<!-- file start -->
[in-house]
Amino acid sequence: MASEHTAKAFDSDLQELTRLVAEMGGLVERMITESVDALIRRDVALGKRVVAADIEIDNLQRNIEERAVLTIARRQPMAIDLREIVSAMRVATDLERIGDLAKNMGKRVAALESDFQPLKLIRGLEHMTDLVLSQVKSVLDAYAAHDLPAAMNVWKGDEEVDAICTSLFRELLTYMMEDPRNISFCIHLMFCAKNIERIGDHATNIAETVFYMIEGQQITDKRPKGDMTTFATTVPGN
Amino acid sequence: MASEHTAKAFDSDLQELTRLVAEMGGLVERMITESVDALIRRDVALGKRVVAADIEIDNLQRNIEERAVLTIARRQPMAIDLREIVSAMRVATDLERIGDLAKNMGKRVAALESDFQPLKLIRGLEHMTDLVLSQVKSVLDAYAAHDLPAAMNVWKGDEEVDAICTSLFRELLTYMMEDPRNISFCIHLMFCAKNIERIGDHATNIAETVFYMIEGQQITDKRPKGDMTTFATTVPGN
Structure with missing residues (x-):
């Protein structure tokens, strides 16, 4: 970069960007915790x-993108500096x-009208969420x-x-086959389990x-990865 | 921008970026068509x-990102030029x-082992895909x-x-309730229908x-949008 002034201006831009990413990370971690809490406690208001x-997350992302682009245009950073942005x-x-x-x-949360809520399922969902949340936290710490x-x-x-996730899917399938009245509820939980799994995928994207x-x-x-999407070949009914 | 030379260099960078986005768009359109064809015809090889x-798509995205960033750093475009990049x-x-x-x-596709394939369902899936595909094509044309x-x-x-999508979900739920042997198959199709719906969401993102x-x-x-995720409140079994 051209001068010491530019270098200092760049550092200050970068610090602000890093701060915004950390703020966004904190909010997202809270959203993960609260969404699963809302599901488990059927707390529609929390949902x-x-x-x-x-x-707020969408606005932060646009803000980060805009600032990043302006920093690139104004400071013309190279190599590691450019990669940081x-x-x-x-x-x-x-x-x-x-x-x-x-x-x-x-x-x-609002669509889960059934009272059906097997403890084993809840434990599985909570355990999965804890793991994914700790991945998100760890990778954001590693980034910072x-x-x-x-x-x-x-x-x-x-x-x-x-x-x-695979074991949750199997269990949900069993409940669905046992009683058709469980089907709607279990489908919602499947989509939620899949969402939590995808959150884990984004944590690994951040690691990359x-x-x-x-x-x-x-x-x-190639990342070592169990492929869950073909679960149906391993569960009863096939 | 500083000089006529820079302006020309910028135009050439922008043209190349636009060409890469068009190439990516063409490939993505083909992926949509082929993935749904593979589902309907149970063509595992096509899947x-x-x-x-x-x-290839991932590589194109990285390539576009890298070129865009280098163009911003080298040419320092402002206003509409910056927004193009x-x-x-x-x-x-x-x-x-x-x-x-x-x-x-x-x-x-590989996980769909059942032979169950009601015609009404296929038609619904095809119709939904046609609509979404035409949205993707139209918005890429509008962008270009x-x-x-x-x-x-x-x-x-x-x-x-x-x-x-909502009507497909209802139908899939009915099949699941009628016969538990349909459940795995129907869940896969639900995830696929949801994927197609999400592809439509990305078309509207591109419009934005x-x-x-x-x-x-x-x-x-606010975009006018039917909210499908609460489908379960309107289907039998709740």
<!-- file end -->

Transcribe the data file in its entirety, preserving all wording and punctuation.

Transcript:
[in-house]
Amino acid sequence: MASEHTAKAFDSDLQELTRLVAEMGGLVERMITESVDALIRRDVALGKRVVAADIEIDNLQRNIEERAVLTIARRQPMAIDLREIVSAMRVATDLERIGDLAKNMGKRVAALESDFQPLKLIRGLEHMTDLVLSQVKSVLDAYAAHDLPAAMNVWKGDEEVDAICTSLFRELLTYMMEDPRNISFCIHLMFCAKNIERIGDHATNIAETVFYMIEGQQITDKRPKGDMTTFATTVPGN
Amino acid sequence: MASEHTAKAFDSDLQELTRLVAEMGGLVERMITESVDALIRRDVALGKRVVAADIEIDNLQRNIEERAVLTIARRQPMAIDLREIVSAMRVATDLERIGDLAKNMGKRVAALESDFQPLKLIRGLEHMTDLVLSQVKSVLDAYAAHDLPAAMNVWKGDEEVDAICTSLFRELLTYMMEDPRNISFCIHLMFCAKNIERIGDHATNIAETVFYMIEGQQITDKRPKGDMTTFATTVPGN
Structure with missing residues (x-):
């Protein structure tokens, strides 16, 4: 970069960007915790x-993108500096x-009208969420x-x-086959389990x-990865 | 921008970026068509x-990102030029x-082992895909x-x-309730229908x-949008 002034201006831009990413990370971690809490406690208001x-997350992302682009245009950073942005x-x-x-x-949360809520399922969902949340936290710490x-x-x-996730899917399938009245509820939980799994995928994207x-x-x-999407070949009914 | 030379260099960078986005768009359109064809015809090889x-798509995205960033750093475009990049x-x-x-x-596709394939369902899936595909094509044309x-x-x-999508979900739920042997198959199709719906969401993102x-x-x-995720409140079994 051209001068010491530019270098200092760049550092200050970068610090602000890093701060915004950390703020966004904190909010997202809270959203993960609260969404699963809302599901488990059927707390529609929390949902x-x-x-x-x-x-707020969408606005932060646009803000980060805009600032990043302006920093690139104004400071013309190279190599590691450019990669940081x-x-x-x-x-x-x-x-x-x-x-x-x-x-x-x-x-x-609002669509889960059934009272059906097997403890084993809840434990599985909570355990999965804890793991994914700790991945998100760890990778954001590693980034910072x-x-x-x-x-x-x-x-x-x-x-x-x-x-x-695979074991949750199997269990949900069993409940669905046992009683058709469980089907709607279990489908919602499947989509939620899949969402939590995808959150884990984004944590690994951040690691990359x-x-x-x-x-x-x-x-x-190639990342070592169990492929869950073909679960149906391993569960009863096939 | 500083000089006529820079302006020309910028135009050439922008043209190349636009060409890469068009190439990516063409490939993505083909992926949509082929993935749904593979589902309907149970063509595992096509899947x-x-x-x-x-x-290839991932590589194109990285390539576009890298070129865009280098163009911003080298040419320092402002206003509409910056927004193009x-x-x-x-x-x-x-x-x-x-x-x-x-x-x-x-x-x-590989996980769909059942032979169950009601015609009404296929038609619904095809119709939904046609609509979404035409949205993707139209918005890429509008962008270009x-x-x-x-x-x-x-x-x-x-x-x-x-x-x-909502009507497909209802139908899939009915099949699941009628016969538990349909459940795995129907869940896969639900995830696929949801994927197609999400592809439509990305078309509207591109419009934005x-x-x-x-x-x-x-x-x-606010975009006018039917909210499908609460489908379960309107289907039998709740």